Stairs and corridors: finishing touches

Recommendation 64
Additional suggestions for pleasant, quiet, fall-proof and safe stairs and corridors

Chapter (theme)
Architectural spaces (stairs and corridors)

Because of
Central coherence, executive functioning

In order to
make stairs and corridors more pleasant, quiet, fall-proof and safe.

In the theme of this recommendation the wide array of experiences with stairs and corridors is summarized as: Most ‘neurotypicals’ use stairs and corridors thoughtlessly, but most people on the spectrum cannot. They notice their dimensions, materials, the lighting and the sounds much stronger and experience these more readily as oppressive, painful or disquieting. Moreover, stairs and corridors are where they get lost, where they get in touch – bodily or otherwise – with others and where a number of their senses – including the sense of equilibrium – are put to the test.
From this follows a multitude of issues which should ideally be taken into account when building stairs and corridors. (We assume a home is built for someone on the autism spectrum. If not these points may be taken into consideration when choosing a residence.)

When comparing earlier and later recommendations with the problems mentioned above, we arrive at this impression: advocating generous space standards (recommendation 61) addresses negative experiences with dimensions, overstimulation, disorientation and unwanted contact. Recommendation 63 is more specifically aimed at disorientation and seeks to prevent confusion about ones’ body in space. Staircase noise is dealt with in Recommendation 73 and lighting in 158.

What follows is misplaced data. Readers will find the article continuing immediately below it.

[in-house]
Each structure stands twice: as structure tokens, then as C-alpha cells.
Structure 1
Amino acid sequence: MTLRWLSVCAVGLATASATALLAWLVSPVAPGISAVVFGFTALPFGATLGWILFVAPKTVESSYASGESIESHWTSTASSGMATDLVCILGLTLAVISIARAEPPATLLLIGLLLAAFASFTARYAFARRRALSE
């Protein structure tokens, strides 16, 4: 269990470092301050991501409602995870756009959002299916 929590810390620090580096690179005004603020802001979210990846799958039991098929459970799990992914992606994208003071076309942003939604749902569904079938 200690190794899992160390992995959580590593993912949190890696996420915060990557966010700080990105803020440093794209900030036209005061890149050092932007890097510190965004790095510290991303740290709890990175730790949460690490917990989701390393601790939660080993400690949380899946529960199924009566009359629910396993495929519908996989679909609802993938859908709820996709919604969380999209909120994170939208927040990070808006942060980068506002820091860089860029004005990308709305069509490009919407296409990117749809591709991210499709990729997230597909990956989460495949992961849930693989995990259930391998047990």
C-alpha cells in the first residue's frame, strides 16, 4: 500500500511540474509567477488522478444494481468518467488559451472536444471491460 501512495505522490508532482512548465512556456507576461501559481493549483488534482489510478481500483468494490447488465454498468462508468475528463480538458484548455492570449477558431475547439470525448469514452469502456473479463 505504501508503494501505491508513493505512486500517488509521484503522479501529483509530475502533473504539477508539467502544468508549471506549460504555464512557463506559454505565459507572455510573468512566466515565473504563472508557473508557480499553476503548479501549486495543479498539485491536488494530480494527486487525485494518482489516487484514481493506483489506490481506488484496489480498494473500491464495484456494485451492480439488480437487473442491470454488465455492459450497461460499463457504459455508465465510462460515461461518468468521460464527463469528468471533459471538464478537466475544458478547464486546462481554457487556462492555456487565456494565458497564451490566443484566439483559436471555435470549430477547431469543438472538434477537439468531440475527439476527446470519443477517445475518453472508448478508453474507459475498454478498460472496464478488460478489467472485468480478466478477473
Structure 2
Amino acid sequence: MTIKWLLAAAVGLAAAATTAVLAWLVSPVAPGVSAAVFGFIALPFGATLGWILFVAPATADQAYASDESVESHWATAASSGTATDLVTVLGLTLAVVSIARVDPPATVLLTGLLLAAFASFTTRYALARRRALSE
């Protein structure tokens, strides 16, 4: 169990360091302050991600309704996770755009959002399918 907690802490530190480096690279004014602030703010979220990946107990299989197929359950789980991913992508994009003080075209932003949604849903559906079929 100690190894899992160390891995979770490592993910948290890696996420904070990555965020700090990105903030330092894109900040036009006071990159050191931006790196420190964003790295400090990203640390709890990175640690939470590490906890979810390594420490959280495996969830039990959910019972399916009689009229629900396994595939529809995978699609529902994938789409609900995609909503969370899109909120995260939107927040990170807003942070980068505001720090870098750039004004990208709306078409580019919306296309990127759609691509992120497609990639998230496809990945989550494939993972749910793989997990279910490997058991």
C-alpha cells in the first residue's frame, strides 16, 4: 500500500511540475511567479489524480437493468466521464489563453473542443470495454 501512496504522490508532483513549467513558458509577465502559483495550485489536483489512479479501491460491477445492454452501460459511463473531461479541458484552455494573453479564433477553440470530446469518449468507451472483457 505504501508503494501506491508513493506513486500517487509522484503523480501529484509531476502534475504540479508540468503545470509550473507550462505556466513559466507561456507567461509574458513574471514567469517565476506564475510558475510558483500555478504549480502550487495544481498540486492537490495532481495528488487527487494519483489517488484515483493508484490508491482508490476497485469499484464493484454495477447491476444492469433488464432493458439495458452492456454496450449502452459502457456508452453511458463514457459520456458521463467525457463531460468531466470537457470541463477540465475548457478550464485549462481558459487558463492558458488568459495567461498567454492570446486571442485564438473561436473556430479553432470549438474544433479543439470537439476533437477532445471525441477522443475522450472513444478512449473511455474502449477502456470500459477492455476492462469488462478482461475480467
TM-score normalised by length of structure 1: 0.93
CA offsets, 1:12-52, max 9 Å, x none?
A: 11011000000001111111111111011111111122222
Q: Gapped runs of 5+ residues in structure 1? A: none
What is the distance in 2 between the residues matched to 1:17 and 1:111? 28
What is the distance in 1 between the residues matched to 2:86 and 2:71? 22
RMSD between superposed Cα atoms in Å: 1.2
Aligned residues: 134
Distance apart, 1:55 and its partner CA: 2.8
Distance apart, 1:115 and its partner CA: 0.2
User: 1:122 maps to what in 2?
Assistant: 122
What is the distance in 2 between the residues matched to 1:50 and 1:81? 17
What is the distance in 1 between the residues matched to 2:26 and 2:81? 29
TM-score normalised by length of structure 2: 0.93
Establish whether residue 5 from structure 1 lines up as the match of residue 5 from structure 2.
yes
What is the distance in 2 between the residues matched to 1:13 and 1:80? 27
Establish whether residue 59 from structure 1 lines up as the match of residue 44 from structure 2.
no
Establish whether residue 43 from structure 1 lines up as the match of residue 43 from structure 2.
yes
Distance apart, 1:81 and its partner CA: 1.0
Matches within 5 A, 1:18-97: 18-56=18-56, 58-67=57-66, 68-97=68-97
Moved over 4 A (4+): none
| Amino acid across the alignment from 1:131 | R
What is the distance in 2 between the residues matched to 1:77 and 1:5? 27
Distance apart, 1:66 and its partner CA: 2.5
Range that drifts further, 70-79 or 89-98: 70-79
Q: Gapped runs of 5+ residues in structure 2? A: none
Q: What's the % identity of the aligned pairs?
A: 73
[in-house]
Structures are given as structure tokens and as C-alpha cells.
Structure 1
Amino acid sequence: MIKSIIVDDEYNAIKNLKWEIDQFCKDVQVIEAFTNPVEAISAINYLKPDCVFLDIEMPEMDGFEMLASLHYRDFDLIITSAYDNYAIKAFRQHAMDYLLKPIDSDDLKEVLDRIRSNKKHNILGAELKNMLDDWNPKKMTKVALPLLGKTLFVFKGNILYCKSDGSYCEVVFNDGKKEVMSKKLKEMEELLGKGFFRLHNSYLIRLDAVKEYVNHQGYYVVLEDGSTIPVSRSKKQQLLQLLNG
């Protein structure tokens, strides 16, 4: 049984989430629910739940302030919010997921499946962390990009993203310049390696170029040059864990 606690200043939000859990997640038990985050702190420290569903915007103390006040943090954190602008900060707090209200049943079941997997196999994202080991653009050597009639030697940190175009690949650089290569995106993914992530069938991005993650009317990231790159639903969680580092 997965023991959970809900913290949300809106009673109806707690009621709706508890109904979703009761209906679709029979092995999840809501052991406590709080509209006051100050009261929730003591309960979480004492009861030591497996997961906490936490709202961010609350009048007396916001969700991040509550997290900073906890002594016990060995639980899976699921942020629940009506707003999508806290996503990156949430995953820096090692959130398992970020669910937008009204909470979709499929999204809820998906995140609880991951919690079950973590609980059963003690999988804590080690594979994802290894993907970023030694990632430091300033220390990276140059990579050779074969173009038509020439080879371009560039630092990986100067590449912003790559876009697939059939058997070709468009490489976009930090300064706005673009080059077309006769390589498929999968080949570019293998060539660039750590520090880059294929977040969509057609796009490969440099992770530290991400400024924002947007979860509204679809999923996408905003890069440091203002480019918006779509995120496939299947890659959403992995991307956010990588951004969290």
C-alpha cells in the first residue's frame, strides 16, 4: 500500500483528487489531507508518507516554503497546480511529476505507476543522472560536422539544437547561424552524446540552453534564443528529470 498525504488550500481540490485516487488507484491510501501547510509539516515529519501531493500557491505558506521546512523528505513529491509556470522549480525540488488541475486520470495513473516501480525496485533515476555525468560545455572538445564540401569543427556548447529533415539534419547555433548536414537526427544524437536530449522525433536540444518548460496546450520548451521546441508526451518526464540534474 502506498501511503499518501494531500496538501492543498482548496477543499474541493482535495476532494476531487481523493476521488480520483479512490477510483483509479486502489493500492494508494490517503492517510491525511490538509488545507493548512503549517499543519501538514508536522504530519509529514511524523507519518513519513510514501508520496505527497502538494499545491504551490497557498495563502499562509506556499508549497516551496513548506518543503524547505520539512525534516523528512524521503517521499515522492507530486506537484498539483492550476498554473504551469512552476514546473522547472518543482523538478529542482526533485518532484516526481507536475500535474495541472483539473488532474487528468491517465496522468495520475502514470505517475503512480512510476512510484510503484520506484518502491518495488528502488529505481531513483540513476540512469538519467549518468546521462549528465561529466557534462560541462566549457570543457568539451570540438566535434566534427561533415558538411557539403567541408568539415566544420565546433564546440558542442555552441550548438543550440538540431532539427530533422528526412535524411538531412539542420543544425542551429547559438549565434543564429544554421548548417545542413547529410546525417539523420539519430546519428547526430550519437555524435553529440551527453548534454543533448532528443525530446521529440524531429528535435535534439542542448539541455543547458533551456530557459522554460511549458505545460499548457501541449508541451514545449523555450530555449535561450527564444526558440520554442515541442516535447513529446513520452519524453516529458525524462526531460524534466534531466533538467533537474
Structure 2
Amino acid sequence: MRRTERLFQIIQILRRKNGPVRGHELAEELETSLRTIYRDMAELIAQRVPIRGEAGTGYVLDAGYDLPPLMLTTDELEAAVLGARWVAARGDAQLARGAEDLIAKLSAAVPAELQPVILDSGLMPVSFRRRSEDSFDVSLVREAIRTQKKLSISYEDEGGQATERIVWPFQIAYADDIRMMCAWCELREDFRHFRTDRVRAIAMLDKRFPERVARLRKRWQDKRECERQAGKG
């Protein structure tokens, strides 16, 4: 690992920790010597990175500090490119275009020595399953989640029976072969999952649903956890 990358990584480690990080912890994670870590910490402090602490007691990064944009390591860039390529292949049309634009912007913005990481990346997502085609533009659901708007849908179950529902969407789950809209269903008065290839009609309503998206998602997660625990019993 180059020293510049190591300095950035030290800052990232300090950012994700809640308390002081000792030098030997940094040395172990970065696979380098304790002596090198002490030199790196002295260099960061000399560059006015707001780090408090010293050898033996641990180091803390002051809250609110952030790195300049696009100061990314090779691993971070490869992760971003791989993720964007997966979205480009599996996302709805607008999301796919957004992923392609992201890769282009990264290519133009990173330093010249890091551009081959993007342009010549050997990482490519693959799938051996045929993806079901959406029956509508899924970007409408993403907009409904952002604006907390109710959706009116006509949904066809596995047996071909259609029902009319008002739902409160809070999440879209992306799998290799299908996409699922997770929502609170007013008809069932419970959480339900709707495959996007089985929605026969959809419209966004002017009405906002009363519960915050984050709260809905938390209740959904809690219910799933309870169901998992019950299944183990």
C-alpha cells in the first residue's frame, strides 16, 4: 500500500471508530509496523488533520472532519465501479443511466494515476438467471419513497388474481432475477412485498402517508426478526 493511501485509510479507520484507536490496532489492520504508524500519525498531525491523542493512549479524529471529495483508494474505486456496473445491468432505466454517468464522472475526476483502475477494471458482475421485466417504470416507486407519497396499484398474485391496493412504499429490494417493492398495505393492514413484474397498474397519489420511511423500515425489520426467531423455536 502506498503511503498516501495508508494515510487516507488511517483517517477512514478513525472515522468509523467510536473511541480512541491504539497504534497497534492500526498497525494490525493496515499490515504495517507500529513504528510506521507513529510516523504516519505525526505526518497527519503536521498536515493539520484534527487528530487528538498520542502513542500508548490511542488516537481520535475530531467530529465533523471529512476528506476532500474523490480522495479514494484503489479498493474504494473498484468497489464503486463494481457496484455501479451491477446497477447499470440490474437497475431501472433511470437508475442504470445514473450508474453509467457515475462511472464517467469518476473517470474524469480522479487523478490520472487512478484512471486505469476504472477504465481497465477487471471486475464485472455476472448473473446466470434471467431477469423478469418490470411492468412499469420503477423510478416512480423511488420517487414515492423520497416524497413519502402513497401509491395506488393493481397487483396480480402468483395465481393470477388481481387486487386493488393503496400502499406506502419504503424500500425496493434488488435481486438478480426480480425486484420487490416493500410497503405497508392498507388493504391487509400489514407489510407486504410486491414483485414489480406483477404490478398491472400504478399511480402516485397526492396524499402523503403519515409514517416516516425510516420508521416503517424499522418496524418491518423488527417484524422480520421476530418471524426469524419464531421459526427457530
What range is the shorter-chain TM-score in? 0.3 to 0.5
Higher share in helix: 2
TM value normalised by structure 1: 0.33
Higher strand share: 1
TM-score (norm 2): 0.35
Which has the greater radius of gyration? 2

Of the problems mentioned, some are still under- or unaddressed: spatial characteristics which may be oppressive or disquieting even when space and clarity exist. Additionally the applied materials, and sensory problems not already mentioned, balance in particular.

Even when the dimensions and the clarity are satisfactory, stairs or corridors may still feel oppressive or eerie because of other spatial characteristics which McAllister & Maguire have dubbed ‘volumetric expression’. (See the theme of this recommendation.) In each case one should consider whether stairs/corridors have characteristics which may be particularly disquieting to the (future) resident.
As for the materials: overstimulation may easily occur when the walls of stairwells or corridors are decorated in a too colorful or loud manner.
Furthermore, walls of stairwells or corridors are better not be plastered too coarsely in order to prevent extra risks when falling or bumping against them. This risk is greater in case of problems of balance and/or motor awkwardness.
Around corridors a case is to be made both for rounded edges and for sharp ones. The former are more pleasant, less easily soiled or damaged and less hard. Sharp edges on the other hand stand out better visually, aiding orientation. This is one of the dilemma’s one encounters in autism-friendly design for which there are no ready solutions.
Problems of balance on stairs, will often inspire arguments for going beyond the minimum standards of general building regulations. Steps can be made substantially more user-friendly and safe by designing steps which are wider, lower and deeper than usual. (See for instance Doug Walter.)


Doug Walter

On his website (accessed in June 2016) he gives a number of tips and subtle insights for safer staircases.